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Early Intrauterine Pregnancy: How to Spot It and What to Do Next

An early intrauterine pregnancy refers to the presence of a pregnancy sac in your womb while your baby is still too small to see. Learn all the ins and outs of the definition, as well as what to expect in the event of an early intrauterine pregnancy.

What is an early intrauterine pregnancy?

What does intrauterine pregnancy mean? It’s when a gestational sac forms in your womb at an earlier stage in your pregnancy. Early intrauterine pregnancy is known to occur for one of two possible reasons:

  • You are, in fact, at a very early point in your pregnancy, and your embryo needs more time to grow and initiate a heartbeat. This frequently happens when the mother is unsure of her conception date, displays a history of irregular menstruation, or recently stopped taking birth control. 
  • Your pregnancy and your baby’s growth rate are not progressing at a standard pace. Once again, this happens when the mother is uncertain of her conception date, and the size of the fetus is inconsistent with how far along her pregnancy is.
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How to spot an early intrauterine pregnancy

Intrauterine pregnancy is typically diagnosed with a positive result on a pregnancy test. Then, a transvaginal scan is performed in order to confirm the existence of a gestational sac in your uterus. 

How to handle an early intrauterine pregnancy

If your doctor finds that your estimated conception date doesn’t match what’s showing up on the scan, a follow-up scan might be needed. It’s repeated one to two weeks after your initial scan, depending on the size of your embryo or pregnancy sac. This allows additional time for development. Hopefully, the second scan can confirm the date of conception and verify whether your pregnancy is proceeding at the proper rate. Discuss with your doctor possible next steps after being diagnosed with early intrauterine pregnancy.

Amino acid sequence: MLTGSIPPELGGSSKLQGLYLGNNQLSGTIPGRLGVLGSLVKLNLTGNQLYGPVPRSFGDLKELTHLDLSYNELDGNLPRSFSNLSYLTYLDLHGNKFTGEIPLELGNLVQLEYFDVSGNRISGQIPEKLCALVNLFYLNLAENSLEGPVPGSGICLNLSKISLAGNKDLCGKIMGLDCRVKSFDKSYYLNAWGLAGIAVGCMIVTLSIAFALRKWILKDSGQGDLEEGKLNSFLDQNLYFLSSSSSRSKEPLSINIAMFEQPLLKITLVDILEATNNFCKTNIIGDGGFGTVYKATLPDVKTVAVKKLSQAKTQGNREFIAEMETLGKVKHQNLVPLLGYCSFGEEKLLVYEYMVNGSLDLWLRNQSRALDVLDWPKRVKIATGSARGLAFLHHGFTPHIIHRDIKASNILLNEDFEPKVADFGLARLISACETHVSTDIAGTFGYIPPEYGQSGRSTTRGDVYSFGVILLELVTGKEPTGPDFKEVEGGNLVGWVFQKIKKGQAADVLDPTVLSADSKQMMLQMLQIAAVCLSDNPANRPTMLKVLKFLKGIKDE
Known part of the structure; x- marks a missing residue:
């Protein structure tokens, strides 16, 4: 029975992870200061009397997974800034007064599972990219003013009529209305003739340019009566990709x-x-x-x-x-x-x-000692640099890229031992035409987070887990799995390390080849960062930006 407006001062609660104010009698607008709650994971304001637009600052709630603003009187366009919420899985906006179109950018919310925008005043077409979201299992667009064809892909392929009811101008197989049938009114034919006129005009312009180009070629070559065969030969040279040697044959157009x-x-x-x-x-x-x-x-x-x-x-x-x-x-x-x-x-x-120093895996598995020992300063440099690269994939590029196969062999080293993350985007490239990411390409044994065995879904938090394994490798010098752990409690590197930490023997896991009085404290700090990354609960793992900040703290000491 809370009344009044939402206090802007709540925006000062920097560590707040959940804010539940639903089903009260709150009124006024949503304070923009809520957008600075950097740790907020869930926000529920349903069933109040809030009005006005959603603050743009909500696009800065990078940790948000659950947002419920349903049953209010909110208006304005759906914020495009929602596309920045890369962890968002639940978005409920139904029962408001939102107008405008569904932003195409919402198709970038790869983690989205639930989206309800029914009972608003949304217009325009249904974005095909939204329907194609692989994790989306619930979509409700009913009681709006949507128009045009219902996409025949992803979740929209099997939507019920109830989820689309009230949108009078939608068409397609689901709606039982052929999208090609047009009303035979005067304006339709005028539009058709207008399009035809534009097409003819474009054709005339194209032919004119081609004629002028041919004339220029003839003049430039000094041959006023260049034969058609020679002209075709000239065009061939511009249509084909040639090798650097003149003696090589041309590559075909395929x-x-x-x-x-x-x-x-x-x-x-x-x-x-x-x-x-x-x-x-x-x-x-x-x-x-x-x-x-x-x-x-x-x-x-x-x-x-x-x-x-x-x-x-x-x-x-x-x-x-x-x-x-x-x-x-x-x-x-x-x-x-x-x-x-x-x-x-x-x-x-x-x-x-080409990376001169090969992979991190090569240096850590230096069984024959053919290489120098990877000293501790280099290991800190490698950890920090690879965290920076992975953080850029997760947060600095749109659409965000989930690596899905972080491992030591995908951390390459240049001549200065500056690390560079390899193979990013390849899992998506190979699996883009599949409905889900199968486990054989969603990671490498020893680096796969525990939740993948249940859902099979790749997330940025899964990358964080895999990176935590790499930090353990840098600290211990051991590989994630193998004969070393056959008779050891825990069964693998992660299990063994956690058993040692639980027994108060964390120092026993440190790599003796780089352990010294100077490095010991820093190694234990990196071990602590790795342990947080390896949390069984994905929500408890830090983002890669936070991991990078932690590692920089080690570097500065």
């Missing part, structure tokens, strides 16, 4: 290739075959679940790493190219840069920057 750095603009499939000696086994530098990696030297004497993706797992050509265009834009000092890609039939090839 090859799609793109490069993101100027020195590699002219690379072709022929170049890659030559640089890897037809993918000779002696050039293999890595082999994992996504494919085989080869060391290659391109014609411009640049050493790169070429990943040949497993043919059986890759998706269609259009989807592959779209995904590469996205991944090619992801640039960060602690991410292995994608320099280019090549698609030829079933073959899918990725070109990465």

What causes an early intrauterine pregnancy failure?

Below are various potential causes of early intrauterine pregnancy failure or miscarriage:

Abnormal chromosomes or genes

The majority of miscarriages result from abnormal fetal growth. Approximately 50 percent of miscarriages are linked to missing or extra chromosomes, which is a completely random phenomenon. This occurs while your embryo divides and grows, and is not inherited from either parent. Chromosomal abnormalities could lead to:

  • Intrauterine fetal demise

In this scenario, the fetus would cease to develop and die before any symptoms of pregnancy loss appear. 

  • Blighted ovum

The embryo never begins to form.

  • Molar (and partial molar) pregnancy

Both sets of the embryo’s chromosomes come from the father. A molar pregnancy is further characterized by abnormal placental tissues and lack of (or incomplete) fetal development. In partial molar pregnancies, the mother’s chromosomes remain, but the father still passes on two sets of chromosomes.

Maternal health

At times, a preexisting maternal medical condition could trigger a miscarriage. Contributing factors include: